Figure 3: Profile of CD4+CD25+ve cells in malaria patients with and without CFA. PBMCs of study subjects at the time of recruitment were analyzed by flow-cytometry for CD4 and CD25 expression after staining with anti-human CD4-PE.cy5 and anti-human CD25-FITC. Percentage of CD4+ve T cells expressing CD25 are shown here, A: Zebra plot for CD4+CD25high T–cells, G1 represents CD4+cells, G4 represents CD25+cells, and G3 represents CD4 + CD25+ cells and G5 represents CD4+CD25 high cells. Percentage of CD4+CD25+ T cells (B) and CD4+CD25high T (C) cells in SM=91, NCM=58 and control=22 are shown. The association within the groups was analysed by one way analysis of variance (ANOVA) followed by Tukey’s post-hoc test. Percentages of CD4+CD25+ve T cells and CD4+CD25high T cells in severe malaria (CFA+ve=14, CFA-ve=64), non-complicated malaria (CFA+ve=13, CFA-ve=34) patients with or without active filarial infection are shown in D and E respectively. The association within the groups were analysed by one way analysis of variance (ANOVA) followed by Tukey’s post- hoc test.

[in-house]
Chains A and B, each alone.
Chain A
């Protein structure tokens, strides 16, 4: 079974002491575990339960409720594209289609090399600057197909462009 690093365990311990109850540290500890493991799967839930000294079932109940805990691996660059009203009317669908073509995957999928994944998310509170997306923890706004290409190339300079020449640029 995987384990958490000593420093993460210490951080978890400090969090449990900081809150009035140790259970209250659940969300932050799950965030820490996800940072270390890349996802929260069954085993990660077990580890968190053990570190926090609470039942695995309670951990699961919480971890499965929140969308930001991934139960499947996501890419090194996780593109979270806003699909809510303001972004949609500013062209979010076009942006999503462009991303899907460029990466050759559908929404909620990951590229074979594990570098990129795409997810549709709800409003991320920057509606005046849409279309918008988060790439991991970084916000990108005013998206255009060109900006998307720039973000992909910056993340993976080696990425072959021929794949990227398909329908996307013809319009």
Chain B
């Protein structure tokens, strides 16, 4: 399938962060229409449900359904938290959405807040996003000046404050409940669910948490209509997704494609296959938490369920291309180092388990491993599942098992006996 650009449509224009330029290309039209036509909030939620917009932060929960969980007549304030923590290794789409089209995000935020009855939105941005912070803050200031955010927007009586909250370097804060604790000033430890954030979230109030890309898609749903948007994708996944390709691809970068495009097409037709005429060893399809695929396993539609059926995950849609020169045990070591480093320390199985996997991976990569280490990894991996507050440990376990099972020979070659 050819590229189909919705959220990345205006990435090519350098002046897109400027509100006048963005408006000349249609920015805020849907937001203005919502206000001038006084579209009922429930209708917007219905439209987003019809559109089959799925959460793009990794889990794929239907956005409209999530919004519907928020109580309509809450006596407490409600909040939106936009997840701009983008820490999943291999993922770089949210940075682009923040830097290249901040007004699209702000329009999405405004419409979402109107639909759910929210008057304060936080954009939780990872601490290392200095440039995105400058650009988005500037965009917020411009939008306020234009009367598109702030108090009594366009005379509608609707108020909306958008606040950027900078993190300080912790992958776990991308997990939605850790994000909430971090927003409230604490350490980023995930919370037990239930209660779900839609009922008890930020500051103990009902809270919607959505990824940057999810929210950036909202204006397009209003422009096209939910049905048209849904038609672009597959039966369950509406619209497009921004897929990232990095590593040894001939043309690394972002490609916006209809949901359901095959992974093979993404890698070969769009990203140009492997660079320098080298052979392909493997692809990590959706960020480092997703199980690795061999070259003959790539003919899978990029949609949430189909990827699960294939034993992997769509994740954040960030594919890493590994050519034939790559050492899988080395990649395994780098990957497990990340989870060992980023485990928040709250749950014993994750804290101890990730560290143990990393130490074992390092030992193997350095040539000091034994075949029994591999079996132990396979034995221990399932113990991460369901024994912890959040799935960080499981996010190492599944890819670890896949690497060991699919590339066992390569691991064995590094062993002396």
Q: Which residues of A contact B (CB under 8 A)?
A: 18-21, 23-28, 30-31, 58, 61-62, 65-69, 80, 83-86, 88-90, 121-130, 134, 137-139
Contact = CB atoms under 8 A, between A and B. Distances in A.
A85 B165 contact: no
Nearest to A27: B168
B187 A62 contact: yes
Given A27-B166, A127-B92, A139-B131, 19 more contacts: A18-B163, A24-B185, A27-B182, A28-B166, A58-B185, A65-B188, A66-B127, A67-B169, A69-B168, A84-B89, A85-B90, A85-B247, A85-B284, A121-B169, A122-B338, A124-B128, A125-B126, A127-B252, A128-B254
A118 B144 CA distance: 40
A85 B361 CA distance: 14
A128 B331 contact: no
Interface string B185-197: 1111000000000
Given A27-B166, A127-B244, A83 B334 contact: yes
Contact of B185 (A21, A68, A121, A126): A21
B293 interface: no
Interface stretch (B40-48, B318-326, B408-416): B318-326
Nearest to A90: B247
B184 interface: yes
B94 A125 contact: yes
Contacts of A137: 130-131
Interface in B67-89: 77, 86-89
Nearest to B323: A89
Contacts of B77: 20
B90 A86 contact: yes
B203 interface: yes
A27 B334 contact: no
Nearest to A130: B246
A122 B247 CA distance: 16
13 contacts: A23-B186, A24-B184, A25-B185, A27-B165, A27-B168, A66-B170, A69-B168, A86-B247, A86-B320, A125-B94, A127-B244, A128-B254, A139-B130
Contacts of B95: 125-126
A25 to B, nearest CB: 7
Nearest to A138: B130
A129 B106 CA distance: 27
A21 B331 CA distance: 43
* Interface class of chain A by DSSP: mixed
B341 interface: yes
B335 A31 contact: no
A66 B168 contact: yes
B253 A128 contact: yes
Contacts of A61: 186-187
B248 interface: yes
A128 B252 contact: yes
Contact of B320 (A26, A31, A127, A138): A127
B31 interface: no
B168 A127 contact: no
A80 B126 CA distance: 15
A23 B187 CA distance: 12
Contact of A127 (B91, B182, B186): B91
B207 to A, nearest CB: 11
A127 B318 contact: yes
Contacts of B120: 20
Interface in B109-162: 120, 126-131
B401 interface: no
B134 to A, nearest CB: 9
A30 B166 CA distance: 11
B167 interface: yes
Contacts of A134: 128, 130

Mentions: Statistical analyses were performed by using GraphPad Prism (version 5.01). For analysis of Figure 1(D and E) and Figure 2 (A, B, C and D) unpaired student’s t test was applied to determine differences between groups. For analysis of Figure 1A, B and Table 1, Fisher-exact test was employed to calculate Odds ratios (ORs) at 95% confidence intervals. For analysis of Figure 1C and Figure 3 (B, C, D and E) the association within the groups were analysed by one way analysis of variance (ANOVA) followed by Tukey’s post-hoc test. P-values<0.05 were considered to be statistically significant.